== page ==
However, the gathering of troops and heavy weapons on the border in recent weeks has forced Ukrainian officials to face some harsh truths. The US secret service has assessed that Russia has developed plans for an offensive with 175,000 soldiers.

Ukraine has only slightly more soldiers and officers in its entire military, according to the Defense Ministry. It is inferior on land, sea and in the air, with only about 200 aircraft in its air force, including transport vehicles, fewer than the number of warplanes Russia has already stationed on the Ukrainian border.

Russia’s armed forces include combat-ready submarines and frigates in the Black Sea armed with cruise missiles, as well as land-based units armed with Iskander-M ballistic missiles, while Ukraine is not lacking in serious anti-missile defense systems. The Russian missiles could wipe out a significant portion of the Ukrainian military in less than an hour, said Robert Lee, a U.S. Marine Corps veteran and Ph.D. Candidate at King’s College in London who is a Russian military expert.

“If Russia really wants to unleash its conventional capabilities, they could do massive damage in no time,” said Lee. “You can destroy the Ukrainian military in the east very quickly, within the first 30 to 40 minutes.”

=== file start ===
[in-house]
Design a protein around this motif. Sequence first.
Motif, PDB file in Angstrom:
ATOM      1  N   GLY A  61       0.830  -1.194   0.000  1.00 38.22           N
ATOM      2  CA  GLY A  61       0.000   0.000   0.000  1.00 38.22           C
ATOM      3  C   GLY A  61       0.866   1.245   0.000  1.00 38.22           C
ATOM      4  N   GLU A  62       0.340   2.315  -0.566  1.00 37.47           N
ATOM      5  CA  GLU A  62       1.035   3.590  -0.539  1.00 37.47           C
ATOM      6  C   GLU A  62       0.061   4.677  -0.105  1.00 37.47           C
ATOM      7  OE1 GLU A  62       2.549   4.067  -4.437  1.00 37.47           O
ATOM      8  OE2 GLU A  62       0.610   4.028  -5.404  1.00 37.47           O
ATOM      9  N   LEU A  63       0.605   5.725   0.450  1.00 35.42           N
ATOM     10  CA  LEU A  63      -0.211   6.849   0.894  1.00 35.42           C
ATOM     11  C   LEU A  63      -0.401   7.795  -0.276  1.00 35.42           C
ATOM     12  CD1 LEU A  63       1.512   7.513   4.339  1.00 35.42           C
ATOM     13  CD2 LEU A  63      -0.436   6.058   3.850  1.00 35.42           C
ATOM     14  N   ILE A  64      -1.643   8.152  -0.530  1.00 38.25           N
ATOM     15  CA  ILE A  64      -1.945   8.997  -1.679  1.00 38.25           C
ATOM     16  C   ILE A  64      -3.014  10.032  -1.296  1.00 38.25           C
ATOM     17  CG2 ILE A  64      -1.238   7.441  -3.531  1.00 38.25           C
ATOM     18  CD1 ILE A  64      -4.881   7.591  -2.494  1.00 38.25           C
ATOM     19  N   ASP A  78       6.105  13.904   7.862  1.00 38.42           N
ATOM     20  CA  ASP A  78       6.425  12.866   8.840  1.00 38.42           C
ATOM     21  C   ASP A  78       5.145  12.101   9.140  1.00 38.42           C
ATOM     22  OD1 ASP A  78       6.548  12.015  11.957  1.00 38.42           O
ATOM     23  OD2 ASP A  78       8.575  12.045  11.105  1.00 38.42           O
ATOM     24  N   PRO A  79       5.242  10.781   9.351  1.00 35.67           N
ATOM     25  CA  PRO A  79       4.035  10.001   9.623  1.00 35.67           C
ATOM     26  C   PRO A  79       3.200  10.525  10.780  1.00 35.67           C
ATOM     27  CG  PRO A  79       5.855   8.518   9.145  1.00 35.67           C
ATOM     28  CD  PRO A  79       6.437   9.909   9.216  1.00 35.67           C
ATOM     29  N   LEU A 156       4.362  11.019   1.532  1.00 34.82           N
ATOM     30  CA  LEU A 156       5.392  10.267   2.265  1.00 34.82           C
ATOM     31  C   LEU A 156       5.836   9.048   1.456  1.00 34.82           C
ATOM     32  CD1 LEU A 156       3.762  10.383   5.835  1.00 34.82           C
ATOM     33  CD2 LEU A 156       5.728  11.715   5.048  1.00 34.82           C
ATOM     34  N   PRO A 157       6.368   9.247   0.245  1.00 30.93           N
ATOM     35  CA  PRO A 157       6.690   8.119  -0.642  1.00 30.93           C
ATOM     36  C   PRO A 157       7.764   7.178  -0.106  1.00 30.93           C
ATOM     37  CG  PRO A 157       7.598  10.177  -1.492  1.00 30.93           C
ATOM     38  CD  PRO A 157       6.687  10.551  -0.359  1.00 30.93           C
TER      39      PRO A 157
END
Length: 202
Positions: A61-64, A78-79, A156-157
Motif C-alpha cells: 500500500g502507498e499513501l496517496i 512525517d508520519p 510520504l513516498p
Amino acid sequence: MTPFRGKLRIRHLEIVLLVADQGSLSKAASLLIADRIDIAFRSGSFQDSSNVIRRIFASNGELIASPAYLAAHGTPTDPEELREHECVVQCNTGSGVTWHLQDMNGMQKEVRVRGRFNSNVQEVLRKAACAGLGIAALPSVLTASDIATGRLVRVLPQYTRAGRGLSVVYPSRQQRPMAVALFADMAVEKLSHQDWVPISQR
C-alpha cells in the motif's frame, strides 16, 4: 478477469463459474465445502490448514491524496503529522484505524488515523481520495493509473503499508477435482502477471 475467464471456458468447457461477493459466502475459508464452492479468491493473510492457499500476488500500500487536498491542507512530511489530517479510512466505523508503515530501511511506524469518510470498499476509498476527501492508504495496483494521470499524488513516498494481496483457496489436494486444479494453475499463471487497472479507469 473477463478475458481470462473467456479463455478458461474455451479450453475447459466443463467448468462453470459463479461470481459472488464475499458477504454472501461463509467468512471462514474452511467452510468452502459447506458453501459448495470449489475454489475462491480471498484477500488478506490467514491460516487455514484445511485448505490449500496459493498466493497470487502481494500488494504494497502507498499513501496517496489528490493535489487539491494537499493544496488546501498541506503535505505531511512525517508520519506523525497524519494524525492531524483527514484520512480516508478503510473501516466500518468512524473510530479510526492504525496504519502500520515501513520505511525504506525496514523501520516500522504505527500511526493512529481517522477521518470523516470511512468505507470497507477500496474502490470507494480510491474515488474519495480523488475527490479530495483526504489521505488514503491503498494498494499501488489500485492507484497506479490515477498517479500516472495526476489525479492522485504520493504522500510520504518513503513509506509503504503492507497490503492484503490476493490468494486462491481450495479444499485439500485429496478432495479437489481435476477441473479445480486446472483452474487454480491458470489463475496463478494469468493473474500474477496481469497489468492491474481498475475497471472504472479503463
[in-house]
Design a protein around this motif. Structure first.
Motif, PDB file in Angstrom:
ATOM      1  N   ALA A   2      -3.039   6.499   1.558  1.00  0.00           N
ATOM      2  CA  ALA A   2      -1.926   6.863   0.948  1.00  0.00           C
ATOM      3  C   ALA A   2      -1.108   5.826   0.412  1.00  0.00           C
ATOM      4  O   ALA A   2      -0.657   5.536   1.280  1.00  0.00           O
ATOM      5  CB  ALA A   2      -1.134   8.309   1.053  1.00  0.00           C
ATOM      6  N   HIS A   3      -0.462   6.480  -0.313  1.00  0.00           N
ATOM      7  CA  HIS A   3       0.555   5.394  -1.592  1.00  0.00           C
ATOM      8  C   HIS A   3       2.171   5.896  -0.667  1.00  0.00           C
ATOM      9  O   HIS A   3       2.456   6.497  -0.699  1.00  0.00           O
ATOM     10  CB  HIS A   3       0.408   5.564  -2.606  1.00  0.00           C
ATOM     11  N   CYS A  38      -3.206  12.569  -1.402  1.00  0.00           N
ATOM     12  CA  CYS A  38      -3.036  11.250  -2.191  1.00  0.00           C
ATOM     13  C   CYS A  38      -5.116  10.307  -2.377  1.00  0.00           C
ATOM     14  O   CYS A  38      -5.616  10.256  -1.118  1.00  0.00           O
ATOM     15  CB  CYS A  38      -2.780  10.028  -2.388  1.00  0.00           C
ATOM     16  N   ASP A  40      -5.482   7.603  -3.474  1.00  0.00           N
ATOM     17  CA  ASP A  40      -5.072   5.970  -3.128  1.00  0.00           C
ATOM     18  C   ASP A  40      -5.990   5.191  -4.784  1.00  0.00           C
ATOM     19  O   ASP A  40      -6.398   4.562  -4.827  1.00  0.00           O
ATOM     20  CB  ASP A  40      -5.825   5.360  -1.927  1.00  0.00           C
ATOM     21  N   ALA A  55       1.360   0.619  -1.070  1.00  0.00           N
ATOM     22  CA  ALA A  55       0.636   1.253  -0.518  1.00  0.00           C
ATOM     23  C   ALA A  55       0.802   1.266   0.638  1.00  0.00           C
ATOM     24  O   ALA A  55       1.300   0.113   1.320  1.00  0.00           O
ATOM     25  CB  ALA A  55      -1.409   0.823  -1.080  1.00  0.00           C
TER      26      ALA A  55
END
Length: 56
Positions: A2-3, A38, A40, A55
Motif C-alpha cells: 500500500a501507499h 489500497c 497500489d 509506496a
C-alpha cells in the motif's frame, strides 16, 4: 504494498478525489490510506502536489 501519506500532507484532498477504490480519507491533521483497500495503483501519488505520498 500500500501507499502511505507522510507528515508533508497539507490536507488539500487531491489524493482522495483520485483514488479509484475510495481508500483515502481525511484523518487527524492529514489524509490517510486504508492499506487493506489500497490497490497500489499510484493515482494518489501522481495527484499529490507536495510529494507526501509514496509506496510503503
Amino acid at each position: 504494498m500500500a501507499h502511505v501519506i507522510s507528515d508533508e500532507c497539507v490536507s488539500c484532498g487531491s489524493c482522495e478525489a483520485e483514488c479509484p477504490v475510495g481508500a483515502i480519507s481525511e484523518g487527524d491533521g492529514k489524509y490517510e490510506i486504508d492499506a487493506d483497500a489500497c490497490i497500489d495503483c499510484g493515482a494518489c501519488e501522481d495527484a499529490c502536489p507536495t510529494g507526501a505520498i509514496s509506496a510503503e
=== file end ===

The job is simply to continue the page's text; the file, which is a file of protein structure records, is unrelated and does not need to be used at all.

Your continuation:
The Ukrainian military is no longer what it used to be. In 2014, elite Russian troops were able to capture the entire Crimean peninsula in southern Ukraine without firing a shot. Then when Russia-backed separatists took over part of the eastern Ukrainian Donbas region, Ukraine relied on volunteer brigades of people with little or no military training who took up arms to fight back the uprisings.

But the Ukrainian military fought back, fought the separatists to a standstill and ended the worst hostilities. This was done with the help of Western allies. The United States alone has provided US $ 2.5 billion in military aid, including high-tech surveillance and communications equipment and drones. In November, the United States did delivered approx. 88 tons Ammunition, which is part of a $ 60 million military aid package pledged by the Biden government.

On Wednesday, President Biden ruled out sending US forces to Ukraine to deter Russia. But there are more than 150 US military advisers in Ukraine, a combination of US special forces and the National Guard, currently serving 53 troops. About a dozen other NATO countries now also have military advisers in Ukraine, officials said.

Under the Trump administration, Ukrainians received Javelin anti-tank missiles for the first time. The Ukrainian armed forces have so far failed to fire spears at the battlefield, partly out of a desire not to anger the Kremlin.